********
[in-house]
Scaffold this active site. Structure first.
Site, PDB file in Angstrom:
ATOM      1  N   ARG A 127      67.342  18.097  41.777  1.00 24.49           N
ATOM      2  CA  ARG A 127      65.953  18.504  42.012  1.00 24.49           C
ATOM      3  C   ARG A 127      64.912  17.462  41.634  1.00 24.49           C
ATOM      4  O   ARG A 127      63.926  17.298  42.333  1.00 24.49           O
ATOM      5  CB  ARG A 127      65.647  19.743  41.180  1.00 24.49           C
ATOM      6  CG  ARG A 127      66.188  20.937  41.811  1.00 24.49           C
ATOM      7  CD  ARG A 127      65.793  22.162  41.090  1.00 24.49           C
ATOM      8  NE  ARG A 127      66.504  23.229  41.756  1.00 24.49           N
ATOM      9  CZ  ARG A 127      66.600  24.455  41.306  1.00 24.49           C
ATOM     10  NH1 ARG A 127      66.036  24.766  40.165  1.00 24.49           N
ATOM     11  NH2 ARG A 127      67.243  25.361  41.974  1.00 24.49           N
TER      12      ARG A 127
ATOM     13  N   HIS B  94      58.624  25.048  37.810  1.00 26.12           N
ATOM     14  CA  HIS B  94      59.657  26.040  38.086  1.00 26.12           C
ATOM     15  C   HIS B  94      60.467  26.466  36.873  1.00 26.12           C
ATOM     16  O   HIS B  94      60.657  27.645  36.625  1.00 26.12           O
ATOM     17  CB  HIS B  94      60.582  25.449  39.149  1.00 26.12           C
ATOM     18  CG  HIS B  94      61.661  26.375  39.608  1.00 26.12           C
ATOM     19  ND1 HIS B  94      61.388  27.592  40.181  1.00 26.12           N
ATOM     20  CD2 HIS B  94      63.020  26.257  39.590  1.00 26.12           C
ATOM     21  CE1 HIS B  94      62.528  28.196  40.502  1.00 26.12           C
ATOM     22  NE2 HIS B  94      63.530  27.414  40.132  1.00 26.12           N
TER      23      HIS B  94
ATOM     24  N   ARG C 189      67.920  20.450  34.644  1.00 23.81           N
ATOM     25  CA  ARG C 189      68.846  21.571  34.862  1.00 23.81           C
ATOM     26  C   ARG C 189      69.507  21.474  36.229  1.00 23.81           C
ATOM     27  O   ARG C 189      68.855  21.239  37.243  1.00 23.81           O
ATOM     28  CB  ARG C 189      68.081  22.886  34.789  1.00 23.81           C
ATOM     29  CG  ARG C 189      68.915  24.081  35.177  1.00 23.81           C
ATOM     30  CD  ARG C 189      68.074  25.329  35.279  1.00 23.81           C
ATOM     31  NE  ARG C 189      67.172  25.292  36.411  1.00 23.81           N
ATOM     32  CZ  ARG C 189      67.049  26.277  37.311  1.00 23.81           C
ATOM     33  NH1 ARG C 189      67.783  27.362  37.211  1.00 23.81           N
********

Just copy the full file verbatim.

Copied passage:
[in-house]
Scaffold this active site. Structure first.
Site, PDB file in Angstrom:
ATOM      1  N   ARG A 127      67.342  18.097  41.777  1.00 24.49           N
ATOM      2  CA  ARG A 127      65.953  18.504  42.012  1.00 24.49           C
ATOM      3  C   ARG A 127      64.912  17.462  41.634  1.00 24.49           C
ATOM      4  O   ARG A 127      63.926  17.298  42.333  1.00 24.49           O
ATOM      5  CB  ARG A 127      65.647  19.743  41.180  1.00 24.49           C
ATOM      6  CG  ARG A 127      66.188  20.937  41.811  1.00 24.49           C
ATOM      7  CD  ARG A 127      65.793  22.162  41.090  1.00 24.49           C
ATOM      8  NE  ARG A 127      66.504  23.229  41.756  1.00 24.49           N
ATOM      9  CZ  ARG A 127      66.600  24.455  41.306  1.00 24.49           C
ATOM     10  NH1 ARG A 127      66.036  24.766  40.165  1.00 24.49           N
ATOM     11  NH2 ARG A 127      67.243  25.361  41.974  1.00 24.49           N
TER      12      ARG A 127
ATOM     13  N   HIS B  94      58.624  25.048  37.810  1.00 26.12           N
ATOM     14  CA  HIS B  94      59.657  26.040  38.086  1.00 26.12           C
ATOM     15  C   HIS B  94      60.467  26.466  36.873  1.00 26.12           C
ATOM     16  O   HIS B  94      60.657  27.645  36.625  1.00 26.12           O
ATOM     17  CB  HIS B  94      60.582  25.449  39.149  1.00 26.12           C
ATOM     18  CG  HIS B  94      61.661  26.375  39.608  1.00 26.12           C
ATOM     19  ND1 HIS B  94      61.388  27.592  40.181  1.00 26.12           N
ATOM     20  CD2 HIS B  94      63.020  26.257  39.590  1.00 26.12           C
ATOM     21  CE1 HIS B  94      62.528  28.196  40.502  1.00 26.12           C
ATOM     22  NE2 HIS B  94      63.530  27.414  40.132  1.00 26.12           N
TER      23      HIS B  94
ATOM     24  N   ARG C 189      67.920  20.450  34.644  1.00 23.81           N
ATOM     25  CA  ARG C 189      68.846  21.571  34.862  1.00 23.81           C
ATOM     26  C   ARG C 189      69.507  21.474  36.229  1.00 23.81           C
ATOM     27  O   ARG C 189      68.855  21.239  37.243  1.00 23.81           O
ATOM     28  CB  ARG C 189      68.081  22.886  34.789  1.00 23.81           C
ATOM     29  CG  ARG C 189      68.915  24.081  35.177  1.00 23.81           C
ATOM     30  CD  ARG C 189      68.074  25.329  35.279  1.00 23.81           C
ATOM     31  NE  ARG C 189      67.172  25.292  36.411  1.00 23.81           N
ATOM     32  CZ  ARG C 189      67.049  26.277  37.311  1.00 23.81           C
ATOM     33  NH1 ARG C 189      67.783  27.362  37.211  1.00 23.81           N